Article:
Almost every time I tell someone outside of my geeky world about the fact that I go to sci-fi conventions, I am usually met with a rude comment similar to, “Do you see a lot of freaks dressed up in costumes?”

Excuse me!? Why is this freaky? Why is it weird? I cannot even begin to tell you all of the creative ways I’ve seen sports fans dress up at games. I’ve seen guys who body paint their bare chests with their favorite team’s colors, people dressed up as their team’s mascot, lots of face paint, temporary tattoos, crazy hats, wild color-coordinating outfits. Some fans practically look like clowns the way they are decked out head to toe in support of their favorite team.

So I ask – Please tell me how this is any different than a sci-fi fan showing up at a convention in costume. The difference is that one form of dressing up is widely socially accepted and the other is not. However, both types of fans are passionate about the genre that they love, and they want to express themselves through what they wear. I actually see a lot of common ground between the two fan bases, and there is no difference to me. I fall into both fan bases, and I have elaborate sports outfits for all of the teams my husband has played for.

– Ashely Eckstein. Read the rest of the article here -> http://geekout.blogs.cnn.com/2012/03/06/jedi-trappings-complete-the-fan/ (via cosplayinamerica)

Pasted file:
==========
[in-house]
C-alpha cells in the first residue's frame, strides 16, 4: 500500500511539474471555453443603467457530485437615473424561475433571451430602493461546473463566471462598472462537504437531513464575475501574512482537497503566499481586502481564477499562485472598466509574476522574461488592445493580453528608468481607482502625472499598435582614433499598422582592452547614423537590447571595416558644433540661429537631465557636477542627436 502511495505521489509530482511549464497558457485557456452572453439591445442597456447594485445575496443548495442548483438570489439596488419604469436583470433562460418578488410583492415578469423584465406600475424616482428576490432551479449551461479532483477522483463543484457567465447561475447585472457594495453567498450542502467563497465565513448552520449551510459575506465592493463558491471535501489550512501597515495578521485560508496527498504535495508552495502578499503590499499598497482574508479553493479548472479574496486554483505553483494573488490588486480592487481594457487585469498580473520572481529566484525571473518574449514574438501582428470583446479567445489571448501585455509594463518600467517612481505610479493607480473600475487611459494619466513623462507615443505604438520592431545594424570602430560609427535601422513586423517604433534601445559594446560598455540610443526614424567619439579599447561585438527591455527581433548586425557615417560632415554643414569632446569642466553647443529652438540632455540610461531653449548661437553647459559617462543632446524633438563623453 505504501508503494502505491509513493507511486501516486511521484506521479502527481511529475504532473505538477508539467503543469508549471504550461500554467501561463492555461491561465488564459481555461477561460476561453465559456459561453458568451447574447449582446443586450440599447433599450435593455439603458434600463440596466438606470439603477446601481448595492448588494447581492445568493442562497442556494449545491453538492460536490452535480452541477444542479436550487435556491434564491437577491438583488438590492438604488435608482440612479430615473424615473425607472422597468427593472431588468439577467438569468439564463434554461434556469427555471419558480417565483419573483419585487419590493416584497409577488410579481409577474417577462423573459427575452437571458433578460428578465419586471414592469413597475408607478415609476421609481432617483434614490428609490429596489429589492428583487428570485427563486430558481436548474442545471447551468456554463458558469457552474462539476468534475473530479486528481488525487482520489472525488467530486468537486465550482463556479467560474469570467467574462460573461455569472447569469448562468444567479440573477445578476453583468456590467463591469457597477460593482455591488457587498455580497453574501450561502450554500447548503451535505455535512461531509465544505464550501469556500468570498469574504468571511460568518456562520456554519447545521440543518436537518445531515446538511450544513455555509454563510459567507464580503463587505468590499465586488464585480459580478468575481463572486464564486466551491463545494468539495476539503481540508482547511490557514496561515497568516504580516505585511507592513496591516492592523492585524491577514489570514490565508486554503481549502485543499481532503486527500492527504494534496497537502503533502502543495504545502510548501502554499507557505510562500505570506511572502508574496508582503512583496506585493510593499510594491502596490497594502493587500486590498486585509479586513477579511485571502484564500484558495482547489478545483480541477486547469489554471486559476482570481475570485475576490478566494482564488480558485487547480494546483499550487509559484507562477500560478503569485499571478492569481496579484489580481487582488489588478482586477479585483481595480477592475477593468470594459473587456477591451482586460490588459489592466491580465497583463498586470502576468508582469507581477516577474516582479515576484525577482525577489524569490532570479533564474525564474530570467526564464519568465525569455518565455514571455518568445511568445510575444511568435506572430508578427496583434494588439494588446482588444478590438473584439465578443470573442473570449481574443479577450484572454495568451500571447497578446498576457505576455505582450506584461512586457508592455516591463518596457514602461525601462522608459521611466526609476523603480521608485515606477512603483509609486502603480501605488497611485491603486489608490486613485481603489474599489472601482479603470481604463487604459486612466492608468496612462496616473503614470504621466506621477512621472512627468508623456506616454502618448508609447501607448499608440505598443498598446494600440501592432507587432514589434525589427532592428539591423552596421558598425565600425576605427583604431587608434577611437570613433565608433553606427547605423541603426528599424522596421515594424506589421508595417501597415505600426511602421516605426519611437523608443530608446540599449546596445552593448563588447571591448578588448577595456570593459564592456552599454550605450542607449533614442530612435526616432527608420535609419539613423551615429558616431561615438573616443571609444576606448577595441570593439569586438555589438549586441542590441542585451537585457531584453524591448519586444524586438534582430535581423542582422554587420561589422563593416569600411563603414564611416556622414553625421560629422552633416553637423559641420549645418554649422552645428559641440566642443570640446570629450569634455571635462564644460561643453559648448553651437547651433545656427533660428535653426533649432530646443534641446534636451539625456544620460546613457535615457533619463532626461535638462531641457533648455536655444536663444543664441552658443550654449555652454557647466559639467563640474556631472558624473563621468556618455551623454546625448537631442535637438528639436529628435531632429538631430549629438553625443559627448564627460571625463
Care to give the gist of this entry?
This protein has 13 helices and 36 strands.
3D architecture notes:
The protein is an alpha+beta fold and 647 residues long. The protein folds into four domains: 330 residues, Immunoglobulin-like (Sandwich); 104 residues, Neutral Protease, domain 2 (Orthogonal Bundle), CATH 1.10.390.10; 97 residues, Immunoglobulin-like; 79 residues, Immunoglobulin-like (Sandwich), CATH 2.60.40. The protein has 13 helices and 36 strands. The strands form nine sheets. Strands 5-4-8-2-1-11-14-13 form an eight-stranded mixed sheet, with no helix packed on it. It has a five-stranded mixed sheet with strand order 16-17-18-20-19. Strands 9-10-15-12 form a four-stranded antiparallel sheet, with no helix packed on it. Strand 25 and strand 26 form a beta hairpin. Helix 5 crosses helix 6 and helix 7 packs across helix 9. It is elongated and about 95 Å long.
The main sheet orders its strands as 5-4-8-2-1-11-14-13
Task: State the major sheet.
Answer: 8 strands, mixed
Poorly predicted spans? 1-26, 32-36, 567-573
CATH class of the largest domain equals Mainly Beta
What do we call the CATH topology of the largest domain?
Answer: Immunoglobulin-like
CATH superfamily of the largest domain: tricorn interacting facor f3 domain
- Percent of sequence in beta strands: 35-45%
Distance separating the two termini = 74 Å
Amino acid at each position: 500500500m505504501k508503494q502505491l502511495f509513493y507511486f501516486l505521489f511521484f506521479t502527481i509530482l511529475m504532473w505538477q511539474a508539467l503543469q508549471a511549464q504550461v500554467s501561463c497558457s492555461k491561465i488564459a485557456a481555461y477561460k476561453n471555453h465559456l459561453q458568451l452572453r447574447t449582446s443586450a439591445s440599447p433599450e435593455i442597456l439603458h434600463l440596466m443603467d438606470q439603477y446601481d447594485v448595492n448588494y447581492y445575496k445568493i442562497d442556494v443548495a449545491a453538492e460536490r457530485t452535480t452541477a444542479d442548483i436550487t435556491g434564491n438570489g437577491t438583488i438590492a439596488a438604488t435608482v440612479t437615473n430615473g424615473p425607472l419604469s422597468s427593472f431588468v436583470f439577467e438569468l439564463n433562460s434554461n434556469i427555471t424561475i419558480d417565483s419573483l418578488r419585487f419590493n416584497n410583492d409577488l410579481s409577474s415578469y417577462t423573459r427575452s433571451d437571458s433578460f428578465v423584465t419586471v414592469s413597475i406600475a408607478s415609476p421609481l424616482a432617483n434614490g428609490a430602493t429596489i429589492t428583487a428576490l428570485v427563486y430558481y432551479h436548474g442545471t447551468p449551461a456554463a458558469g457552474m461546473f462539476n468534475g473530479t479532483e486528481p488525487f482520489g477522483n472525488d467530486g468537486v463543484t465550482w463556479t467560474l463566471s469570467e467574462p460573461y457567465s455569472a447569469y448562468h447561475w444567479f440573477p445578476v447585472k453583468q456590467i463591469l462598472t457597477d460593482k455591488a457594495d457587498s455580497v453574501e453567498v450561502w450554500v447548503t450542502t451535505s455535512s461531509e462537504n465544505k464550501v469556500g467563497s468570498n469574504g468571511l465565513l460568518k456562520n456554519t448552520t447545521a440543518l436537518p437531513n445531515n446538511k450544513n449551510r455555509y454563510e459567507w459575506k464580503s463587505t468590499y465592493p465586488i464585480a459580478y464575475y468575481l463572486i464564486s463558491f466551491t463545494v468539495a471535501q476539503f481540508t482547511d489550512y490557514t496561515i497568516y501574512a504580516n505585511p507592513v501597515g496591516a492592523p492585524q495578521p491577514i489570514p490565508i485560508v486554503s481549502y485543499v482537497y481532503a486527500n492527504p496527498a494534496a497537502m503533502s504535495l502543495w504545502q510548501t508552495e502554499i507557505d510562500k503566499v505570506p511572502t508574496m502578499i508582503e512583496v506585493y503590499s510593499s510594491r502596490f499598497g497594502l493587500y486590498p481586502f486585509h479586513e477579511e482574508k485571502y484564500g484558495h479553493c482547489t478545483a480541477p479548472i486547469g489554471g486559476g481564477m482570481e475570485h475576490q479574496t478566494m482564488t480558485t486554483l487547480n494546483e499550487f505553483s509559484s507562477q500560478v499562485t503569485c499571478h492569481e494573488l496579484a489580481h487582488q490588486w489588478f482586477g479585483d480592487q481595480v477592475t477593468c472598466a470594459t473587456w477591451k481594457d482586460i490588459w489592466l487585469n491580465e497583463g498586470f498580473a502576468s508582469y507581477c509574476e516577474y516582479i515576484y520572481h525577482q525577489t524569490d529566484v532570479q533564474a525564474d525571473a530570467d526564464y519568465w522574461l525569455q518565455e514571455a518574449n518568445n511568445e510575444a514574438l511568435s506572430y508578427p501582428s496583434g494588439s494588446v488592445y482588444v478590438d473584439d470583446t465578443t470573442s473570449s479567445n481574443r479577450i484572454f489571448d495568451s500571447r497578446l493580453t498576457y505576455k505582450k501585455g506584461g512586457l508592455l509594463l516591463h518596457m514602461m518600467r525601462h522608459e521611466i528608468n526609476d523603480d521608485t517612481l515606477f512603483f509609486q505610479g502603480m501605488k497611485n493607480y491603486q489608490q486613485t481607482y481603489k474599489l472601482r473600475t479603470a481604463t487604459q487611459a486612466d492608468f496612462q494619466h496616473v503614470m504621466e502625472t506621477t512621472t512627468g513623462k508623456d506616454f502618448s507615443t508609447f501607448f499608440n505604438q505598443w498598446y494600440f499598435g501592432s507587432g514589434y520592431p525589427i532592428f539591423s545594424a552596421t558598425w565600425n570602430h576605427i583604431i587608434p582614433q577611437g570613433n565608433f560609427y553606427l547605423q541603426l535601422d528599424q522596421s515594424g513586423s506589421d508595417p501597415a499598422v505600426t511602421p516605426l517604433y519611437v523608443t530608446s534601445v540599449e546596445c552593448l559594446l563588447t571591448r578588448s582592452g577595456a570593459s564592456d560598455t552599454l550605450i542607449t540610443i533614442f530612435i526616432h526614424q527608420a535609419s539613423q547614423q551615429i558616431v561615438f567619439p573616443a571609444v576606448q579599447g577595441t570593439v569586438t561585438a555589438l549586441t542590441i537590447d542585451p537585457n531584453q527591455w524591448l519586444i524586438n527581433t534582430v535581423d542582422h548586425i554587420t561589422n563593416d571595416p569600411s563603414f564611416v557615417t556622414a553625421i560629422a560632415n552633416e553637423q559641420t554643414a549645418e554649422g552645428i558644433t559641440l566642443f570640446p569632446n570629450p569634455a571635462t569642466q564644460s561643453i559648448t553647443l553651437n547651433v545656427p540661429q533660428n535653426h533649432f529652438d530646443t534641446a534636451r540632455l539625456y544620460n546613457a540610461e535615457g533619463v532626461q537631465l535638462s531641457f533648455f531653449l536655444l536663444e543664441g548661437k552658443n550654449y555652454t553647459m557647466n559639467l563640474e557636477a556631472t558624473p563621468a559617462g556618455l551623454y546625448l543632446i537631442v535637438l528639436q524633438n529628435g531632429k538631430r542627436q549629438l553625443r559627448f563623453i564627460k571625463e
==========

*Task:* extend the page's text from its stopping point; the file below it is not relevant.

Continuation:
(via laser-brain)

(Source: teakettel, via dyedredhair)

"

My husband, David Eckstein, played Major League Baseball for 10 seasons, and during that time I probably went to about 1,000 baseball games. I live the life of a sci-fi loving fangirl and also the life of a passionate sports fan.

Almost every time I tell someone outside of my geeky world about the fact that I go to sci-fi conventions, I am usually met with a rude comment similar to, “Do you see a lot of freaks dressed up in costumes?”

Excuse me!? Why is this freaky? Why is it weird? I cannot even begin to tell you all of the creative ways I’ve seen sports fans dress up at games. I’ve seen guys who body paint their bare chests with their favorite team’s colors, people dressed up as their team’s mascot, lots of face paint, temporary tattoos, crazy hats, wild color-coordinating outfits. Some fans practically look like clowns the way they are decked out head to toe in support of their favorite team.

So I ask – Please tell me how this is any different than a sci-fi fan showing up at a convention in costume. The difference is that one form of dressing up is widely socially accepted and the other is not. However, both types of fans are passionate about the genre that they love, and they want to express themselves through what they wear. I actually see a lot of common ground between the two fan bases, and there is no difference to me. I fall into both fan bases, and I have elaborate sports outfits for all of the teams my husband has played for.

"